Across the ocean, Asia's tourism industry has been hit by the repercussions of the Bali bombings, shocking abductions of holiday-makers by terrorists in the southern Philippines, and the lingering effects of Sars. Two countries that have latched on to the benefits of war-as-tourism have been less badly affected. Vietnam makes great play of the vicious US campaign against the North and the Vietcong. The tunnels at Cu Chi in which guerrillas fought the Americans and South Vietnamese are part of the tourist circuit, though larger passages have had to be bored to cater for the larger frames of Westerners.

Across the border in Cambodia, thousands of travellers diligently visit the Museum of Genocide, tracing the deeds of Pol Pot. The citizens of the capital are shrewd enough to recognise the fascination that foreigners have for a dictator who obliterated half his population.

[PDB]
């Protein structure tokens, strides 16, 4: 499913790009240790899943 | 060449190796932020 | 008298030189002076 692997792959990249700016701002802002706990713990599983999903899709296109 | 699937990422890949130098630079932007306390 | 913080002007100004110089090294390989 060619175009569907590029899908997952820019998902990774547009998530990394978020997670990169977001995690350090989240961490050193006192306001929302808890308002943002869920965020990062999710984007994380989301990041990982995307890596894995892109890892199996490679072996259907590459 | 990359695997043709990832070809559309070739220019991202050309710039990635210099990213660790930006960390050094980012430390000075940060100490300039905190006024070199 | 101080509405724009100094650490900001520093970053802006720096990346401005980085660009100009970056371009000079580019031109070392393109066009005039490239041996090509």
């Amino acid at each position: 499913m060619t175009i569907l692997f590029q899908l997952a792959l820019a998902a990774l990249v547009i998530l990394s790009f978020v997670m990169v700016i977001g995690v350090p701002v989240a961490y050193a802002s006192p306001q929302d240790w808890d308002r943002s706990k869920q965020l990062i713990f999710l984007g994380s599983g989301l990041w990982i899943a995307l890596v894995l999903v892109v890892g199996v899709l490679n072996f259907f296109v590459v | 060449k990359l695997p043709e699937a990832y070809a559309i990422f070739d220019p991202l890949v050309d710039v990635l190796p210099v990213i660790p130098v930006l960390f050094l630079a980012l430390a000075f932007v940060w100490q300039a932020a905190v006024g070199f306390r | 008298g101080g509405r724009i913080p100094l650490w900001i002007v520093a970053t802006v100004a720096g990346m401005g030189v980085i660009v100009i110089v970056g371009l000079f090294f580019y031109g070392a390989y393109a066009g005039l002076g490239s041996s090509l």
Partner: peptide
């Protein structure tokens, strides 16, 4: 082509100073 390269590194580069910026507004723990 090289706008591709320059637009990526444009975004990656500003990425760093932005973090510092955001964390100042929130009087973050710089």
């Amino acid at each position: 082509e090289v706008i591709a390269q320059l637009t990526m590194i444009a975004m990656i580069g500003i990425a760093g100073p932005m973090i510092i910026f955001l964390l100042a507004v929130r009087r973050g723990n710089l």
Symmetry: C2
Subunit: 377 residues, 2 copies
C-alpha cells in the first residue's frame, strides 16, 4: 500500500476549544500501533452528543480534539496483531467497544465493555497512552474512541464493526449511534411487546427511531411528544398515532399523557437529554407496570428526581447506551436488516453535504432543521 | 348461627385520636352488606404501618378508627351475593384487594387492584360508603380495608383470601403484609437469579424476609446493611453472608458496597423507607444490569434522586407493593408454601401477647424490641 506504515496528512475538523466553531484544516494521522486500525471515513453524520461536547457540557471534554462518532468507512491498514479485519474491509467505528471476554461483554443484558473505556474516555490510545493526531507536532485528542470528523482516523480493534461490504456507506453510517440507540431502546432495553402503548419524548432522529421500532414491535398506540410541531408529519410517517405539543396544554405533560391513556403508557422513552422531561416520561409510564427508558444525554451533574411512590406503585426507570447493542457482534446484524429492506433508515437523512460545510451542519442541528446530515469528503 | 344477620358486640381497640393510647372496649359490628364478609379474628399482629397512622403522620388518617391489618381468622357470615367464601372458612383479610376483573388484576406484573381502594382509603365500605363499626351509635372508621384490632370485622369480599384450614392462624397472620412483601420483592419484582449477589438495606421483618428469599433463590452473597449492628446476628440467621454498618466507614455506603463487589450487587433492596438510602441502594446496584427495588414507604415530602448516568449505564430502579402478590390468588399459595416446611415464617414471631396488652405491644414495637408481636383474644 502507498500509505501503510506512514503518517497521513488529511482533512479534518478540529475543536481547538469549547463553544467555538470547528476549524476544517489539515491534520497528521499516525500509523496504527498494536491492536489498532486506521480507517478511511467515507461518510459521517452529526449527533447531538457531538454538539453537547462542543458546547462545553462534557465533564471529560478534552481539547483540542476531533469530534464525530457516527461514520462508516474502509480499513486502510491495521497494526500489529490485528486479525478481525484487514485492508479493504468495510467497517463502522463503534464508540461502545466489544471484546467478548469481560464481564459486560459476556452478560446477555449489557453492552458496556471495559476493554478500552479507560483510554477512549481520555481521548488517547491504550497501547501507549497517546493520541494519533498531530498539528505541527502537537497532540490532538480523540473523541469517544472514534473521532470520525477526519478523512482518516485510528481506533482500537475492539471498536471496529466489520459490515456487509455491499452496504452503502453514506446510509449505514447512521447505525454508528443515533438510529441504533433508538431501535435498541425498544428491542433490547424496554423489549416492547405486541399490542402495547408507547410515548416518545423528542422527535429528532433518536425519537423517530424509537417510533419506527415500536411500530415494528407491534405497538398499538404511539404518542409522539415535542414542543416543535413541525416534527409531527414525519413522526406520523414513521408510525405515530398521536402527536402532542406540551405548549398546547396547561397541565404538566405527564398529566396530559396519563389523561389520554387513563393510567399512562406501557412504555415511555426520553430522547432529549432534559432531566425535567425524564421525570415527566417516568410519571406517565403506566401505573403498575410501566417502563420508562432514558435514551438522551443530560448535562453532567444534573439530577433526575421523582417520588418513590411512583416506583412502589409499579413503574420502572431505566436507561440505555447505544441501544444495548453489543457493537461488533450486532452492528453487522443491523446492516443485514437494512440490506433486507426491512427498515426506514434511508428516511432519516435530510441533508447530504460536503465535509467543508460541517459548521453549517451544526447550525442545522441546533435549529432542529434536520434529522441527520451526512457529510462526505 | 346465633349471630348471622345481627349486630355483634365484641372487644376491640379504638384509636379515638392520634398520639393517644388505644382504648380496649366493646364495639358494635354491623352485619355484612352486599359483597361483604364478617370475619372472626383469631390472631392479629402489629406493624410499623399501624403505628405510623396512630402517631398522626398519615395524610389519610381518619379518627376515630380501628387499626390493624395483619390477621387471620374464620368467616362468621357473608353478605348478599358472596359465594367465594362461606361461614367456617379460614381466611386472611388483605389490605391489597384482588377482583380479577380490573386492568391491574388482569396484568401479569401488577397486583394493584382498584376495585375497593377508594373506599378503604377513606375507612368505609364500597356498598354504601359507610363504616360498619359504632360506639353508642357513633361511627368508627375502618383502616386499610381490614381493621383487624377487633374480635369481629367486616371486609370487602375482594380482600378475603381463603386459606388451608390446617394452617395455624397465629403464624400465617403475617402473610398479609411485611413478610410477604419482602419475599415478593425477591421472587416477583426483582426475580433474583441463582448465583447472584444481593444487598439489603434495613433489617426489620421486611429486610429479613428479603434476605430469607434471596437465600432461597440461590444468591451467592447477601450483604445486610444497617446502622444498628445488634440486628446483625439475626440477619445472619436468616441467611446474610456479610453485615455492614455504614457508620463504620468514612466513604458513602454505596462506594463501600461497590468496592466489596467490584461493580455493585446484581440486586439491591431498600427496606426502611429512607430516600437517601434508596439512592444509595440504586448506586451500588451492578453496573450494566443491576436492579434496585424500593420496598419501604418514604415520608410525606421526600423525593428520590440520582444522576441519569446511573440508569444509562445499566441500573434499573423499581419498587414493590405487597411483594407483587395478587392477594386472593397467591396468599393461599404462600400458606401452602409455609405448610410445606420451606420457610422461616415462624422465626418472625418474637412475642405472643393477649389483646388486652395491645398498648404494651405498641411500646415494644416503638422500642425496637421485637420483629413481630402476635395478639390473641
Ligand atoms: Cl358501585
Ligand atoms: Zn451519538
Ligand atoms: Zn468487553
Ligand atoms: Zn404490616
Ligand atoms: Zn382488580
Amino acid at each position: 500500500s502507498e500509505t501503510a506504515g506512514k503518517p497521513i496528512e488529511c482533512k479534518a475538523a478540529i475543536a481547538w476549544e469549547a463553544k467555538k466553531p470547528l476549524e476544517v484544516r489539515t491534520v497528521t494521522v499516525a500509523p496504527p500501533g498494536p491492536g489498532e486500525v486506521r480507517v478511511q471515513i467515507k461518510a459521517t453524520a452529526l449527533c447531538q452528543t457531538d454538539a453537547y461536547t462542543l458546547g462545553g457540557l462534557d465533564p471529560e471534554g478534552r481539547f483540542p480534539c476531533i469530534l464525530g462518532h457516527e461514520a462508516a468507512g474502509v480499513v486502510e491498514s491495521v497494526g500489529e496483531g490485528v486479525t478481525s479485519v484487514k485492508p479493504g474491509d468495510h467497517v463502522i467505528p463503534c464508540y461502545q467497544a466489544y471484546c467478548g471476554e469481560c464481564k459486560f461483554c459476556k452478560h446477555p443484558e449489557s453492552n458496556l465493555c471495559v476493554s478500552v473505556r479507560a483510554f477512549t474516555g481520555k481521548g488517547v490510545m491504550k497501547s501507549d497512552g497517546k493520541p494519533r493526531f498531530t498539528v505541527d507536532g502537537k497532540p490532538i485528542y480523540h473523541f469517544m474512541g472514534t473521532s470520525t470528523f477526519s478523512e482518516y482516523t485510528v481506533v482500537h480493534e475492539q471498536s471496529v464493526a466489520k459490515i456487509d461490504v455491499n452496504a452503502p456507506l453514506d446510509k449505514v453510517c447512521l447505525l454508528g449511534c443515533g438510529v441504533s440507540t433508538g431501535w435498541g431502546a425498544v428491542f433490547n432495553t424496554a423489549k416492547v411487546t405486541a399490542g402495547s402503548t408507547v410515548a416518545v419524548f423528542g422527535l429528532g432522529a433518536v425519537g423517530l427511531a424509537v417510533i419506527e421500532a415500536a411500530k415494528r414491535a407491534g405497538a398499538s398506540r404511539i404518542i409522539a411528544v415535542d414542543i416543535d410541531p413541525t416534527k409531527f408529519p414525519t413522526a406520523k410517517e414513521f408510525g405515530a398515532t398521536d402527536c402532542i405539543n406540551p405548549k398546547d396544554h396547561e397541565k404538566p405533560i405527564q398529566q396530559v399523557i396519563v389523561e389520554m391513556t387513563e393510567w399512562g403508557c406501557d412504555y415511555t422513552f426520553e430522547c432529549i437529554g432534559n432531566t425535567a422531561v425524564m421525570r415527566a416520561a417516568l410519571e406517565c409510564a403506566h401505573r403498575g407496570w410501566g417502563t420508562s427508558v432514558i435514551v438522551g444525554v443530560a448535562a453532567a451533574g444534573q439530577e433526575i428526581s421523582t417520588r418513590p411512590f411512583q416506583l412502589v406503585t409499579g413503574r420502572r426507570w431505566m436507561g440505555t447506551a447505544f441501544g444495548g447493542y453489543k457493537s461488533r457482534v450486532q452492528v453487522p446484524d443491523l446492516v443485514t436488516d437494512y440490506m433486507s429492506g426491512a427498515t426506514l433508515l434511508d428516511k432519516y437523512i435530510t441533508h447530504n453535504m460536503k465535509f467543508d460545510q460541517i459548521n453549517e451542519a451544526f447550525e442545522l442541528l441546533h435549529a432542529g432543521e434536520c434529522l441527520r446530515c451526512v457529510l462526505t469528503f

For any poor nation, tourism is the ideal industry for regeneration. It requires little capital, is highly labour-intensive and generates foreign exchange. And it might just make the world a better place, as holiday-makers are confronted by the horrors of conflict.

Nobody would visit Hiroshima on holiday were it not for the atomic bomb that devastated the city 58 years ago. The Peace Memorial Park in this Japanese city is misnamed; it is a testament to war. A large and pretty garden marks the hypocentre of the explosion that killed more than 100,000 people. Within it, the former Chamber of Commerce - the "A-Bomb Dome" - has been adopted by the city as its emblem. The scorched and twisted shell haunts the city skyline. I defy you not to be appalled and engrossed by it.